With CERA shutting up shop and transitioning power to a shared local-central governing body, is this a new era of governance for Christchurch? And how can the city start involving the public with decisions for the future?
The Christchurch earthquakes transformed not only the physical landscape of the city, but its structures of power and governance. Five years on, decision-making in the city is changing again, and the involvement of central government is beginning to recede.
Urban studies lecturer Suzanne Vallance says it’s not an uncommon story: post-disaster cities are often the sites of “command and control” style governance, where strong leaders step in to restore order. “Nero tried it after Rome burned; Christopher Wren tried it after London burned, Burnham tried it after San Francisco burned,” she says. “There have been many attempts to seize control after a disaster and control it - to put things right.”
Vallance says Christchurch has been little different, with the Canterbury Earthquake Recovery Act giving central government special powers in 2011 to take control of the city: making a 100-day plan, compulsorily acquiring large swathes of land, and instituting a blueprint.
The real challenge, Vallance says, is not in the first months or years post-disaster, but the aftermath.
“The problem is coming out of that control situation to something more deliberative, and engaging and inclusive, so people can become involved in the recovery process.”
Ngai Tahu research centre adjunct professor Anake Goodall says while he’d give an ‘A’ grade for the initial cleanup, transitioning power back to the community has been less of a success.
“A lot of decisions have been made unilaterally from afar, and they’ve been non-negotiable. As an individual I feel that all the authority was sucked out of this community: it was sort of, “Go back into your house, and we’ll tell you when it’s safe to come out.”
But what are the consequences when people aren’t involved in the governance decisions of a post disaster city? Vallance says decisions made without public input are not only less likely to benefit citizens, they can have an impact on the overall health of the populations.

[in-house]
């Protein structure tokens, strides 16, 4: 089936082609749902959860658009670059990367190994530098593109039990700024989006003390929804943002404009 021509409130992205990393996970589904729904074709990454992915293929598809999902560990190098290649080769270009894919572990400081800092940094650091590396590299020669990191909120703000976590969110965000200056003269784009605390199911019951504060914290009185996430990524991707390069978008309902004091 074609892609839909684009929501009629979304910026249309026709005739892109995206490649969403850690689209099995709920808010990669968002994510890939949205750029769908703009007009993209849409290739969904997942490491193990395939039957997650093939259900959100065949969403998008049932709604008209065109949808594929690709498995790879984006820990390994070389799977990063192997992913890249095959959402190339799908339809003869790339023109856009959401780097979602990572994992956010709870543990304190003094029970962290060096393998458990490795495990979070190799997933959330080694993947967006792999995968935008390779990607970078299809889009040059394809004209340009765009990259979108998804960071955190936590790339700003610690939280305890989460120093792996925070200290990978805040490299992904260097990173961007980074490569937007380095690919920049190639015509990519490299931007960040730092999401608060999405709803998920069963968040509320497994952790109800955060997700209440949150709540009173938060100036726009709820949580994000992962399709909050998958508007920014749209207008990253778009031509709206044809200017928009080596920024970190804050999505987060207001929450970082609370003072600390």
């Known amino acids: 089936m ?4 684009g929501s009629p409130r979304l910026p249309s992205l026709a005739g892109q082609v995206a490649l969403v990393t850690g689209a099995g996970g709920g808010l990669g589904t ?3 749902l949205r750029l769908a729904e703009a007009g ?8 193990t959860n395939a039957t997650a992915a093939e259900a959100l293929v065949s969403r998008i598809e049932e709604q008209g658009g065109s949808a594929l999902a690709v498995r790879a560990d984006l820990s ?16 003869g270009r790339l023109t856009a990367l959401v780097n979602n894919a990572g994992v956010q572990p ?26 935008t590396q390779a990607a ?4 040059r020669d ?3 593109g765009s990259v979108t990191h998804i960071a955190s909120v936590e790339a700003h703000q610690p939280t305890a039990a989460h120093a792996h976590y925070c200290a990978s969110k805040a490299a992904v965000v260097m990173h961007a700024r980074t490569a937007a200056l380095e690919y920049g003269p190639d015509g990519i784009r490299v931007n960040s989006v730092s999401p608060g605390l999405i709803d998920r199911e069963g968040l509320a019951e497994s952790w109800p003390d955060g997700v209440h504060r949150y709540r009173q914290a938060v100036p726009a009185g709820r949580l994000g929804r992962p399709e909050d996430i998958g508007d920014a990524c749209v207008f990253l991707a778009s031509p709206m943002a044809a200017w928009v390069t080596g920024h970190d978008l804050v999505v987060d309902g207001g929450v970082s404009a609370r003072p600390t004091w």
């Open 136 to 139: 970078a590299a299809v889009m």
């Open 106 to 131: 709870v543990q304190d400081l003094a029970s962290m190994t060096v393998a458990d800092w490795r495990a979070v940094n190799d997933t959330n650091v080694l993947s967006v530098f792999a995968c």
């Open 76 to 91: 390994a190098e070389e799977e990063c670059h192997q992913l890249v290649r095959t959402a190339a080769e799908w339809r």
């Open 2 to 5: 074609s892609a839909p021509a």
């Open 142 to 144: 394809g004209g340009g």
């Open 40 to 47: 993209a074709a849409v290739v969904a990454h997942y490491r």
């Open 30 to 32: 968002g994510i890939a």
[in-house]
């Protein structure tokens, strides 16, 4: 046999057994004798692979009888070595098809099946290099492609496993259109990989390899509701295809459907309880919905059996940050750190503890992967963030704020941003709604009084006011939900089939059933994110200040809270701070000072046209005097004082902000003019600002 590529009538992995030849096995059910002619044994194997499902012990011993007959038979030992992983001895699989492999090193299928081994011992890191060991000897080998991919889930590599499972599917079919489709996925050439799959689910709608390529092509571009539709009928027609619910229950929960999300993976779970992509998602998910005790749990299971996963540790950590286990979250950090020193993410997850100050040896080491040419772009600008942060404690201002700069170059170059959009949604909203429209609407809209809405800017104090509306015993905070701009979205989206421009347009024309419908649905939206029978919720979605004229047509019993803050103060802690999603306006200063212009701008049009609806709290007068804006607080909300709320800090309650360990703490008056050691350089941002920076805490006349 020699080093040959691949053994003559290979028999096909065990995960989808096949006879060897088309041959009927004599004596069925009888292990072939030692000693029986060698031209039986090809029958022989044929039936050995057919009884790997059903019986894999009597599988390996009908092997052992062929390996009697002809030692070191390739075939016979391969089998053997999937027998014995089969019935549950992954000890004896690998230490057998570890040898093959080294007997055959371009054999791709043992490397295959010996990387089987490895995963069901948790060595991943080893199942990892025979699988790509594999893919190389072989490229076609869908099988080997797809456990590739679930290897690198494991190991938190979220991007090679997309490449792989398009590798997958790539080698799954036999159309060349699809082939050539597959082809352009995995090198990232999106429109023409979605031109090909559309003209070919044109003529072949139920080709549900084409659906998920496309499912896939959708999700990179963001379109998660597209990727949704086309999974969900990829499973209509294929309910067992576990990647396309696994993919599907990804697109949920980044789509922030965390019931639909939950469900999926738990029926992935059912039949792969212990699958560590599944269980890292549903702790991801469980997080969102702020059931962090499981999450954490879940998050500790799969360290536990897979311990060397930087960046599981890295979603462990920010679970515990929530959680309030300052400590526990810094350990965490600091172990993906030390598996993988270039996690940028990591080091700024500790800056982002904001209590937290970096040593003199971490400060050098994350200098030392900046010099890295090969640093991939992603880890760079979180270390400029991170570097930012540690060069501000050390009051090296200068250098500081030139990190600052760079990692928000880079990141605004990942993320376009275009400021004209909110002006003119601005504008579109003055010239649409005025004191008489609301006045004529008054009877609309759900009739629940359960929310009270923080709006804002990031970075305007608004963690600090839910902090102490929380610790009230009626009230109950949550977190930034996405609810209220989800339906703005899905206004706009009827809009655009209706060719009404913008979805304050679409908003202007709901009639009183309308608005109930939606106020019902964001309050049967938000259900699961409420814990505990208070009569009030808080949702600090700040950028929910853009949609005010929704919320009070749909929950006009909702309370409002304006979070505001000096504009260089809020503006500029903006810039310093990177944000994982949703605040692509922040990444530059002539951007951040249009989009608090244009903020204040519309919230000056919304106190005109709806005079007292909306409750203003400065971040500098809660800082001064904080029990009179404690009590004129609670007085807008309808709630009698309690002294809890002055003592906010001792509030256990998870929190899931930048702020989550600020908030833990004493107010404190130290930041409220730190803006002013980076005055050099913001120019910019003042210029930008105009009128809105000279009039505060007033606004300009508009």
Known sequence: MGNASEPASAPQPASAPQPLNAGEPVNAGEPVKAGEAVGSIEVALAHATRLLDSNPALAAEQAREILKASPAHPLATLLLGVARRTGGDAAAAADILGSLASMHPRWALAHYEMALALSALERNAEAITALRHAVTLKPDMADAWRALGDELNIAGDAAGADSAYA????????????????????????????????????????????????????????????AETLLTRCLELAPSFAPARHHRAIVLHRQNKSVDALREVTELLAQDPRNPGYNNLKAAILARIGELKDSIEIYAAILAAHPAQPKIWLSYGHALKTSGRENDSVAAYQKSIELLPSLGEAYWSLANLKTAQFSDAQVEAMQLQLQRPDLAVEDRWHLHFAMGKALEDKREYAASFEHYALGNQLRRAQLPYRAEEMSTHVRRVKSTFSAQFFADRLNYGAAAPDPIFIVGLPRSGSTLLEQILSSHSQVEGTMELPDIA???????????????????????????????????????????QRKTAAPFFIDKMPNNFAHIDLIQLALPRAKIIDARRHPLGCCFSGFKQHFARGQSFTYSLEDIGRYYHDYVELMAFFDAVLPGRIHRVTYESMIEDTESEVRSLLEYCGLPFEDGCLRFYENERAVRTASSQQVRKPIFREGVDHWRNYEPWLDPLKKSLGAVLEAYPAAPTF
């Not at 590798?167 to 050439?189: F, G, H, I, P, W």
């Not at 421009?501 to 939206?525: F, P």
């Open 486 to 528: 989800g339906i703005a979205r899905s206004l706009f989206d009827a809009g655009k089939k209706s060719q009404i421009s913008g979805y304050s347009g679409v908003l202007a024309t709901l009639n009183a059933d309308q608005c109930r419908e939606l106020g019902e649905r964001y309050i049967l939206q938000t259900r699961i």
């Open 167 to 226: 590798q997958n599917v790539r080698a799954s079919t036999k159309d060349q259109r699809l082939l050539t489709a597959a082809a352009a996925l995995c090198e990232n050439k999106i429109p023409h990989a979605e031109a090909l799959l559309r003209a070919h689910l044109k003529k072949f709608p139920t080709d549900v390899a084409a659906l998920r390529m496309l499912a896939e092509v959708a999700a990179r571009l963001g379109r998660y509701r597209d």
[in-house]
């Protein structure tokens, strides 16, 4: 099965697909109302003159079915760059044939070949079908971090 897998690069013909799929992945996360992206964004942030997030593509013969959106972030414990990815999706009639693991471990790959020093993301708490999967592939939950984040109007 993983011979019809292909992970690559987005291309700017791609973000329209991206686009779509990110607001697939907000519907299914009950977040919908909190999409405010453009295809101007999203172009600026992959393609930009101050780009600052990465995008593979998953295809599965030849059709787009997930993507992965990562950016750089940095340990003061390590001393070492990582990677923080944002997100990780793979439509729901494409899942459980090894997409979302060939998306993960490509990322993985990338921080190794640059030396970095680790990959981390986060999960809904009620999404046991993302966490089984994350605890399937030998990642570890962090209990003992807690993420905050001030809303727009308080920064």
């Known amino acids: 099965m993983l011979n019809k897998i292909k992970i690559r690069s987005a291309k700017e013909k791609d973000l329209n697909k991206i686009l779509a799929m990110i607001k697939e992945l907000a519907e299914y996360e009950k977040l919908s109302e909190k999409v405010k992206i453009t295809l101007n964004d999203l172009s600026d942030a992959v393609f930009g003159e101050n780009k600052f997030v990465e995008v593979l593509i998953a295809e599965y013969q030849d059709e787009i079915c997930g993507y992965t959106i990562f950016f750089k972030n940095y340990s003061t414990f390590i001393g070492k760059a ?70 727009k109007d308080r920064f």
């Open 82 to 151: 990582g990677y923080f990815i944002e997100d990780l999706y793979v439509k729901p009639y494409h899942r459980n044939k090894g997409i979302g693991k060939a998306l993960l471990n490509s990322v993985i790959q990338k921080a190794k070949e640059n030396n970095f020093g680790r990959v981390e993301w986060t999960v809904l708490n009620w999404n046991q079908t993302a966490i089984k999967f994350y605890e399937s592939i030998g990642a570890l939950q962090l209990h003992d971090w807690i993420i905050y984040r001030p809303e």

“There’s a significant body of research now showing people who are actively engaged in the recovery - whether actively engaged in physically rebuilding things or actively engaged in decision making after a disaster those cities and places, those people recover faster,” Vallance says.
“If we want to build back better, we need the mechanisms to actually be able to ask - what does better mean? Better for who?”
But around the city, different groups and experts are beginning to re-imagine models of governance for the city. Christchurch City Council’s Raf Manji says he’s long had an interest in participatory democracy, and the council is eager to begin implementing it in the city.
“The problem here is we have just been so busy - we were basically fighting fires for the first 18 months and didn’t have time to get around to it,” Manji says. “Certainly in the next term that’s definitely going to be a priority - in devolving more decision making to the community but also actually giving them the tools to do it.”
He says the council has already experimented with participatory budgeting - giving a community a budget for small projects, like the Scarborough paddling pool and allowing them to make their own decisions about what the community’s needs are and how to implement it.
Manji agrees that returning governance decisions to a local level is key to the city’s recovery.
“The community’s had to fight a lot - with its insurance claims,there’s still people fighting. And to actually give them more decision making and ultimately power will probably help the restoration of their general wellbeing,” he says.
“If people feel disempowered they become disengaged and does affect their wellbeing - so the more we can say to people, get involved in this, here’s some budget, you make it happen.”
Corinne Bolstad and Sylvia Smyth of community advocacy group Renew Brighton say the area already has a highly engaged population - but they need to have some control of the future of their community.
“There’s a real risk that this engaged potential that we have becomes disillusioned and to some extent that’s already happened,” Bolstad says.
The question now, they say, is “effectively how do you unleash and inspire and get the community involved in developing places in the city.”
Further afield, Mike Fisher worked as an ‘Urban REvitalisation Consultant’ in Adelaide, working with council to re-involve residents with urban development. He said the council started by getting rid of 200 council policies and guidelines that were making it more difficult for people to get initiatives off the ground.
The principle guiding the change in direction was that locals were best placed to develop their communities, council chief executive Pete Smith said. “What we believe in Adelaide is that spaces are best designed and understood by the people who use them. It’s also about deep community engagement and understanding how places evolve and how communities and people use those spaces.”
So how can Christchurch learn from what’s already happening around New Zealand and globally? And how can we re-involve people in the governance of the city?
For more ideas for governing Christchurch - and to join the discussion - go to ChchDilemmas.co.nz
*Christchurch Dilemmas is produced by Gerard Smyth and edited by Gaylene Barnes, with support from NZ On Air and RNZ. Written story by Tess McClure.